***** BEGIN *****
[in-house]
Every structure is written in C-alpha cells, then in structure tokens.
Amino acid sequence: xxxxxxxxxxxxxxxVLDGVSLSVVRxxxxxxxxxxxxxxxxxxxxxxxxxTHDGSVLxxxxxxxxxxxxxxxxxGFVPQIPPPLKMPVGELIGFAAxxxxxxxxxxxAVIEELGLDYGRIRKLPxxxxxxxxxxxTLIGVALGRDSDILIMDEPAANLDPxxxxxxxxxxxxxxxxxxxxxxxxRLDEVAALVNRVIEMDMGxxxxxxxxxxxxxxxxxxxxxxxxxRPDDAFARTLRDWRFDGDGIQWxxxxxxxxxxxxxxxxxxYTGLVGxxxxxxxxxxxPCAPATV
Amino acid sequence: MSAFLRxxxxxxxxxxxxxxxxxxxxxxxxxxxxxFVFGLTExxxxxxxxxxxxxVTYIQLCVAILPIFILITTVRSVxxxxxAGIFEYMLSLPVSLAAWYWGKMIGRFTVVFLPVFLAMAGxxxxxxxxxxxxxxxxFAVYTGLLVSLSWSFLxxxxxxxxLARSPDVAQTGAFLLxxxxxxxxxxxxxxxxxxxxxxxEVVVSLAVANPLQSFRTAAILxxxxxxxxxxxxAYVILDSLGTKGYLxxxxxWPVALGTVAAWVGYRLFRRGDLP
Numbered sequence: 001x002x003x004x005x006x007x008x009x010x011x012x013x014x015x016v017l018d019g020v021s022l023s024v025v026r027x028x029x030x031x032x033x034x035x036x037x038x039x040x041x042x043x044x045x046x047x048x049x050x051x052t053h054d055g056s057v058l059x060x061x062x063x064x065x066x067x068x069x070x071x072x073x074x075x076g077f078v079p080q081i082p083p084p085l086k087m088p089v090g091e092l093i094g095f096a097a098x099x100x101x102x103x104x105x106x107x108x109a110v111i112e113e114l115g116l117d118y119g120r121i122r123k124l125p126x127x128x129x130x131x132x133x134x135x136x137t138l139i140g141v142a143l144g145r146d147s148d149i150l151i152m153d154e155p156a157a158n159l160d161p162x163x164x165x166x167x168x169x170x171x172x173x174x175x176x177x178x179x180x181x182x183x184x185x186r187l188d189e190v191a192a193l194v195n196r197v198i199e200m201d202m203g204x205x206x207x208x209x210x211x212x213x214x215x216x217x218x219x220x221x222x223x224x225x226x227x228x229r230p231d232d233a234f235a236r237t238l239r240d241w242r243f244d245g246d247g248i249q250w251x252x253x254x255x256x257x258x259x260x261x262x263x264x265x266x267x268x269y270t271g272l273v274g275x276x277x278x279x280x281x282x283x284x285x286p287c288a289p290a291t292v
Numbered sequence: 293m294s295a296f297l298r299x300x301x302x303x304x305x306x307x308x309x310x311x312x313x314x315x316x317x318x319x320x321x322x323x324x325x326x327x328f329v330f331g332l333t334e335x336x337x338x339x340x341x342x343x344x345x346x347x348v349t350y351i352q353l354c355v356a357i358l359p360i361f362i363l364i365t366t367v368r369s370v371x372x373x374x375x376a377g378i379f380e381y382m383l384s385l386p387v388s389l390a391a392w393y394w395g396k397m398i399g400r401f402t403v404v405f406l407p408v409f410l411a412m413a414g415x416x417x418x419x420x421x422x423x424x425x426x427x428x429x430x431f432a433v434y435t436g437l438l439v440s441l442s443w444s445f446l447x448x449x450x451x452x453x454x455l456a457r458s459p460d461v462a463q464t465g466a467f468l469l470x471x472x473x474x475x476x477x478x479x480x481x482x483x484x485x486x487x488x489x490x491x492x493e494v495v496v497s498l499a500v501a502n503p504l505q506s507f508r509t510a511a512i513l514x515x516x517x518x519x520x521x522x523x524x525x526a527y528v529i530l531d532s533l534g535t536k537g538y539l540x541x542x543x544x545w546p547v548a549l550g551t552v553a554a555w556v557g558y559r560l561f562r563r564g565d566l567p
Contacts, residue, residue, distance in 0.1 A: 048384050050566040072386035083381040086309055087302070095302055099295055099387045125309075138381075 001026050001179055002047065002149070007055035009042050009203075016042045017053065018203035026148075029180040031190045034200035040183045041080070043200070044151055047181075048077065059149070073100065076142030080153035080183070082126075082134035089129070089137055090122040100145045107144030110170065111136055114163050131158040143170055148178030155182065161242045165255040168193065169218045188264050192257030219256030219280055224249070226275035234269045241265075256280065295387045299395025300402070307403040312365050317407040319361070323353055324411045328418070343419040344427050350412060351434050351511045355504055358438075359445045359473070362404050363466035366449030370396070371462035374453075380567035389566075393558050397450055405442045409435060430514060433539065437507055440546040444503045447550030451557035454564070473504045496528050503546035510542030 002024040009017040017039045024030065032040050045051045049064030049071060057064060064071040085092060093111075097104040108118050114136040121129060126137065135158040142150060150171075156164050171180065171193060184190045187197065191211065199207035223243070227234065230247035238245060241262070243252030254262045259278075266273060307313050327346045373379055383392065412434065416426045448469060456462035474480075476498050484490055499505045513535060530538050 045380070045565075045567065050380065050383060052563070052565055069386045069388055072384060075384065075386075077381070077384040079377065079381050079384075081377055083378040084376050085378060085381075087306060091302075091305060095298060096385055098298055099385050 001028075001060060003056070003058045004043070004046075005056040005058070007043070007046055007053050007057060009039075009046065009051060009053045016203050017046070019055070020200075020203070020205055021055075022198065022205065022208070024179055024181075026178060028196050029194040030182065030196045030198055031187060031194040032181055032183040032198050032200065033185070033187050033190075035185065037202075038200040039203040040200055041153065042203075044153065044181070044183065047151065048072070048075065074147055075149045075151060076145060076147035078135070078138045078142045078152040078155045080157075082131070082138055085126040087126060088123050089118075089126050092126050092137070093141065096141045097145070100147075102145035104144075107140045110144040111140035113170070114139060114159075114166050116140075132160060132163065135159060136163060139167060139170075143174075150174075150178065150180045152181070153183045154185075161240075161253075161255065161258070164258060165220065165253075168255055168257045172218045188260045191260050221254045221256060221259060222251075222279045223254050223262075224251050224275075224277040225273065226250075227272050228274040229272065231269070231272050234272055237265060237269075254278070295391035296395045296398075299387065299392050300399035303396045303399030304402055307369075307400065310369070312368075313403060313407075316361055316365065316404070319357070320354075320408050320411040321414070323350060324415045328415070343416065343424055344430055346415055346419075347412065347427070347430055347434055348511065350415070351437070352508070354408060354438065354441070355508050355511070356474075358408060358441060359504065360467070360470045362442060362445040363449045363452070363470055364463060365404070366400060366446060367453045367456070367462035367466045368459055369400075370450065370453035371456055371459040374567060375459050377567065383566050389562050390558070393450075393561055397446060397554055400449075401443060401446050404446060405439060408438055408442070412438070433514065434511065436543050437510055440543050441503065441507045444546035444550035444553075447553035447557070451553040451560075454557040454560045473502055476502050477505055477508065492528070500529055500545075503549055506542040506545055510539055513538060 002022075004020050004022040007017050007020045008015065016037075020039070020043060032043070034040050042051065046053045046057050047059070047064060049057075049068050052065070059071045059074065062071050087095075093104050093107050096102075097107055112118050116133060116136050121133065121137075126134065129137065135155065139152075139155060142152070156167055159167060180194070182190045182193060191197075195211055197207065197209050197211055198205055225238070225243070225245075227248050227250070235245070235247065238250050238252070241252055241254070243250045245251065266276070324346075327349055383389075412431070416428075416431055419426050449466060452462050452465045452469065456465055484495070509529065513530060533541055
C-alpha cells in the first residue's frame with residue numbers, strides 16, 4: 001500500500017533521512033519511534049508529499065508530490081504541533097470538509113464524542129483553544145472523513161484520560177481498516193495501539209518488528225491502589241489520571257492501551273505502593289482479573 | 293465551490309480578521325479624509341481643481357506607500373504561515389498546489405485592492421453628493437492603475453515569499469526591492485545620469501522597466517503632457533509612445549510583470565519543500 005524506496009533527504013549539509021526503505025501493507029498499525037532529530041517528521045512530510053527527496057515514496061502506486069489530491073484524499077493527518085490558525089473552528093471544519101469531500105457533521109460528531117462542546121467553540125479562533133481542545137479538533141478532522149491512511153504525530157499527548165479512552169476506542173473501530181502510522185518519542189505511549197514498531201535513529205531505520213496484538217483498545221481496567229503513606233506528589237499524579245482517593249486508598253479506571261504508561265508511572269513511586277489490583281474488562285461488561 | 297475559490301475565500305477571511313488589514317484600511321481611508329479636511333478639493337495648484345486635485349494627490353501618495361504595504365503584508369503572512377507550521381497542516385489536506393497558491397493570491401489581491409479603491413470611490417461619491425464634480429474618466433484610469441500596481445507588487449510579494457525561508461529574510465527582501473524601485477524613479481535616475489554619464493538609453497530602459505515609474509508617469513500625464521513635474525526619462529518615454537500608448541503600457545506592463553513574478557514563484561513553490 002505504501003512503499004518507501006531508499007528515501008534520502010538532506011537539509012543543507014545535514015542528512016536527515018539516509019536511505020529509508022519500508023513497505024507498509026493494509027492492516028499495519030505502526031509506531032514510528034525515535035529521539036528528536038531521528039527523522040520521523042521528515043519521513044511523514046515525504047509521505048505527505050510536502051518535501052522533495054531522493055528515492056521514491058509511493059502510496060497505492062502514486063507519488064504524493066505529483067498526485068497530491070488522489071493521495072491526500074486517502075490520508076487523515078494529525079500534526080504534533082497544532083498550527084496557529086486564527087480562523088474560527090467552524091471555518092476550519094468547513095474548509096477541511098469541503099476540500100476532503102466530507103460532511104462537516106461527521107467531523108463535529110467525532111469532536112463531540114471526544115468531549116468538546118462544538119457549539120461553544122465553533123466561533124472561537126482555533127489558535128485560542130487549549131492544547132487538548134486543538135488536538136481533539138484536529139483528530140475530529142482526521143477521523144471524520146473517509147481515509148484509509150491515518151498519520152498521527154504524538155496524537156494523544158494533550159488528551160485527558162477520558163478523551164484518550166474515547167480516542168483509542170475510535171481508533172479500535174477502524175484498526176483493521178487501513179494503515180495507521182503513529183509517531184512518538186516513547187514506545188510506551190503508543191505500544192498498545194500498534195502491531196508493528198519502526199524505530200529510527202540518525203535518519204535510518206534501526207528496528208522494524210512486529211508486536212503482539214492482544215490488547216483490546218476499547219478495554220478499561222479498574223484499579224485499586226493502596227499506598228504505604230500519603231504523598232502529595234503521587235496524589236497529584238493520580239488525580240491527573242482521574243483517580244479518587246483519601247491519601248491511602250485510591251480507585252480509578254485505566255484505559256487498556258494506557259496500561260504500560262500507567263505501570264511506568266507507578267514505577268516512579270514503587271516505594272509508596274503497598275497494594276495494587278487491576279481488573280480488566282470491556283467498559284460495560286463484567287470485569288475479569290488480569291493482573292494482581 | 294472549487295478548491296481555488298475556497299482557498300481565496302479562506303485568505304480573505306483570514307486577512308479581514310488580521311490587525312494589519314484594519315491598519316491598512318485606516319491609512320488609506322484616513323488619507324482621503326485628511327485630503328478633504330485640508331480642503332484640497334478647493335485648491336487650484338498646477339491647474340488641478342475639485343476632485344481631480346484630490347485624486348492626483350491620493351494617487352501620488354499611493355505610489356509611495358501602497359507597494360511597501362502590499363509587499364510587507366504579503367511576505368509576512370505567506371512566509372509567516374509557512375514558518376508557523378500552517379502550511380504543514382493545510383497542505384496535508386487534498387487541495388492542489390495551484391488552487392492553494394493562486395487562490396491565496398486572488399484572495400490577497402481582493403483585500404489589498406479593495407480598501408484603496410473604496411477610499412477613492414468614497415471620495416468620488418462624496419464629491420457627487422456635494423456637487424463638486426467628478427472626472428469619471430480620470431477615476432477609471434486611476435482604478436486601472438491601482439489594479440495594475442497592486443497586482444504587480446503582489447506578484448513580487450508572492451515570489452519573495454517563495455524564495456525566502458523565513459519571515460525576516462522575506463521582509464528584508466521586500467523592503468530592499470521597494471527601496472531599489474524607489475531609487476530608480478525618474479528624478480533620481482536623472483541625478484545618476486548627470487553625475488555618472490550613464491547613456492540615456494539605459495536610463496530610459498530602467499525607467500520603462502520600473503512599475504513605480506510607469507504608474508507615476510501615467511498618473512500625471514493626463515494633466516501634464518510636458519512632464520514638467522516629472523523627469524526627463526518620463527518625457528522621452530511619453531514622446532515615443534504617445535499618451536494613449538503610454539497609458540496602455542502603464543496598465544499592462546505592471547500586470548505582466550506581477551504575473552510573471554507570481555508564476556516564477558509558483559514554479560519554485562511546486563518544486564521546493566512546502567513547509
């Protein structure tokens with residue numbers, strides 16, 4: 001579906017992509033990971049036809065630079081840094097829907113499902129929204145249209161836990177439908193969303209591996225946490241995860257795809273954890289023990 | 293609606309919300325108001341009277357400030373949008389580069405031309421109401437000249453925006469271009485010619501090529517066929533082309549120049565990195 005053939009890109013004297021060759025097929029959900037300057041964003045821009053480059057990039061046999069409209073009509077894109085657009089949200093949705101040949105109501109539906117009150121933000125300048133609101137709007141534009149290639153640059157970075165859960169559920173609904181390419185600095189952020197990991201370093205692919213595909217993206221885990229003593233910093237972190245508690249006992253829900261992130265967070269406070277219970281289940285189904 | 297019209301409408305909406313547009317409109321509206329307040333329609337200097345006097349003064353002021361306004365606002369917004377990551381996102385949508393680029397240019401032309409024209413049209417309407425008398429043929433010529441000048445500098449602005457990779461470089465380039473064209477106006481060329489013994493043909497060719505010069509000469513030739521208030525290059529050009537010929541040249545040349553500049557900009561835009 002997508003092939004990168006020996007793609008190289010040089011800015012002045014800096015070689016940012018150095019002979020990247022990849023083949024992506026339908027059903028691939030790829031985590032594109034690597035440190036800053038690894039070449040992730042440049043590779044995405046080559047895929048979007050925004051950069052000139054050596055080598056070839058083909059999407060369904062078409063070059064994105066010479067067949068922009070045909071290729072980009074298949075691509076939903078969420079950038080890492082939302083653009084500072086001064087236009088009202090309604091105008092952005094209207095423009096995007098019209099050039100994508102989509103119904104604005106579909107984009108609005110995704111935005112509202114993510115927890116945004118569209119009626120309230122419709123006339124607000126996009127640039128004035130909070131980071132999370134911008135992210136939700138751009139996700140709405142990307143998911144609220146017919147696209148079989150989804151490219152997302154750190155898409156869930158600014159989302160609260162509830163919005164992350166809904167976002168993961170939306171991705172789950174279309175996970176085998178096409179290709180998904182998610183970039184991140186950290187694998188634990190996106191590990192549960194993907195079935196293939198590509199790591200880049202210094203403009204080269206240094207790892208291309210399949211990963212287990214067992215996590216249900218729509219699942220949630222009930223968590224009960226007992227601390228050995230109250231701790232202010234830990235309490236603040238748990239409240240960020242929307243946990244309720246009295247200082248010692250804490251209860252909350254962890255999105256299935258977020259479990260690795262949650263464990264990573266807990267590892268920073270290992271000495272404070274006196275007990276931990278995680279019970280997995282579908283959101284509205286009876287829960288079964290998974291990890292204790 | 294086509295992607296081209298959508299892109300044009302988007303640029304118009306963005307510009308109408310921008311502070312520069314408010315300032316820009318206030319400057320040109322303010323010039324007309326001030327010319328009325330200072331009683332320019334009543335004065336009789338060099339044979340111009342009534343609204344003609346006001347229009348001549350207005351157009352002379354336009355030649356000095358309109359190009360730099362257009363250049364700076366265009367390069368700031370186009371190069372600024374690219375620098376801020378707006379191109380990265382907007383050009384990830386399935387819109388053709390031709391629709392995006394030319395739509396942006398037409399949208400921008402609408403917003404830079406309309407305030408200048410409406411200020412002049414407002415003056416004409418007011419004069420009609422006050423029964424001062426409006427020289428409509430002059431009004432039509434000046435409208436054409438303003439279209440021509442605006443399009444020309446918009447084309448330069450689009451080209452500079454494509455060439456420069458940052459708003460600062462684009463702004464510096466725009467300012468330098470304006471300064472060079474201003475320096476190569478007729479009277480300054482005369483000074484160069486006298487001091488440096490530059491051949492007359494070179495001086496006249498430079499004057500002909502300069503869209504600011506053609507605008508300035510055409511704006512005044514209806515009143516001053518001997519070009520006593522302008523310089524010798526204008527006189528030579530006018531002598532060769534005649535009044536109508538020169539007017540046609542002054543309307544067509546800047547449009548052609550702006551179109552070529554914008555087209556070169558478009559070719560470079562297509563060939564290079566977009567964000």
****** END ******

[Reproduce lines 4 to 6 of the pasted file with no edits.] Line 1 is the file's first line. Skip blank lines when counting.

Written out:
Amino acid sequence: MSAFLRxxxxxxxxxxxxxxxxxxxxxxxxxxxxxFVFGLTExxxxxxxxxxxxxVTYIQLCVAILPIFILITTVRSVxxxxxAGIFEYMLSLPVSLAAWYWGKMIGRFTVVFLPVFLAMAGxxxxxxxxxxxxxxxxFAVYTGLLVSLSWSFLxxxxxxxxLARSPDVAQTGAFLLxxxxxxxxxxxxxxxxxxxxxxxEVVVSLAVANPLQSFRTAAILxxxxxxxxxxxxAYVILDSLGTKGYLxxxxxWPVALGTVAAWVGYRLFRRGDLP
Numbered sequence: 001x002x003x004x005x006x007x008x009x010x011x012x013x014x015x016v017l018d019g020v021s022l023s024v025v026r027x028x029x030x031x032x033x034x035x036x037x038x039x040x041x042x043x044x045x046x047x048x049x050x051x052t053h054d055g056s057v058l059x060x061x062x063x064x065x066x067x068x069x070x071x072x073x074x075x076g077f078v079p080q081i082p083p084p085l086k087m088p089v090g091e092l093i094g095f096a097a098x099x100x101x102x103x104x105x106x107x108x109a110v111i112e113e114l115g116l117d118y119g120r121i122r123k124l125p126x127x128x129x130x131x132x133x134x135x136x137t138l139i140g141v142a143l144g145r146d147s148d149i150l151i152m153d154e155p156a157a158n159l160d161p162x163x164x165x166x167x168x169x170x171x172x173x174x175x176x177x178x179x180x181x182x183x184x185x186r187l188d189e190v191a192a193l194v195n196r197v198i199e200m201d202m203g204x205x206x207x208x209x210x211x212x213x214x215x216x217x218x219x220x221x222x223x224x225x226x227x228x229r230p231d232d233a234f235a236r237t238l239r240d241w242r243f244d245g246d247g248i249q250w251x252x253x254x255x256x257x258x259x260x261x262x263x264x265x266x267x268x269y270t271g272l273v274g275x276x277x278x279x280x281x282x283x284x285x286p287c288a289p290a291t292v
Numbered sequence: 293m294s295a296f297l298r299x300x301x302x303x304x305x306x307x308x309x310x311x312x313x314x315x316x317x318x319x320x321x322x323x324x325x326x327x328f329v330f331g332l333t334e335x336x337x338x339x340x341x342x343x344x345x346x347x348v349t350y351i352q353l354c355v356a357i358l359p360i361f362i363l364i365t366t367v368r369s370v371x372x373x374x375x376a377g378i379f380e381y382m383l384s385l386p387v388s389l390a391a392w393y394w395g396k397m398i399g400r401f402t403v404v405f406l407p408v409f410l411a412m413a414g415x416x417x418x419x420x421x422x423x424x425x426x427x428x429x430x431f432a433v434y435t436g437l438l439v440s441l442s443w444s445f446l447x448x449x450x451x452x453x454x455l456a457r458s459p460d461v462a463q464t465g466a467f468l469l470x471x472x473x474x475x476x477x478x479x480x481x482x483x484x485x486x487x488x489x490x491x492x493e494v495v496v497s498l499a500v501a502n503p504l505q506s507f508r509t510a511a512i513l514x515x516x517x518x519x520x521x522x523x524x525x526a527y528v529i530l531d532s533l534g535t536k537g538y539l540x541x542x543x544x545w546p547v548a549l550g551t552v553a554a555w556v557g558y559r560l561f562r563r564g565d566l567p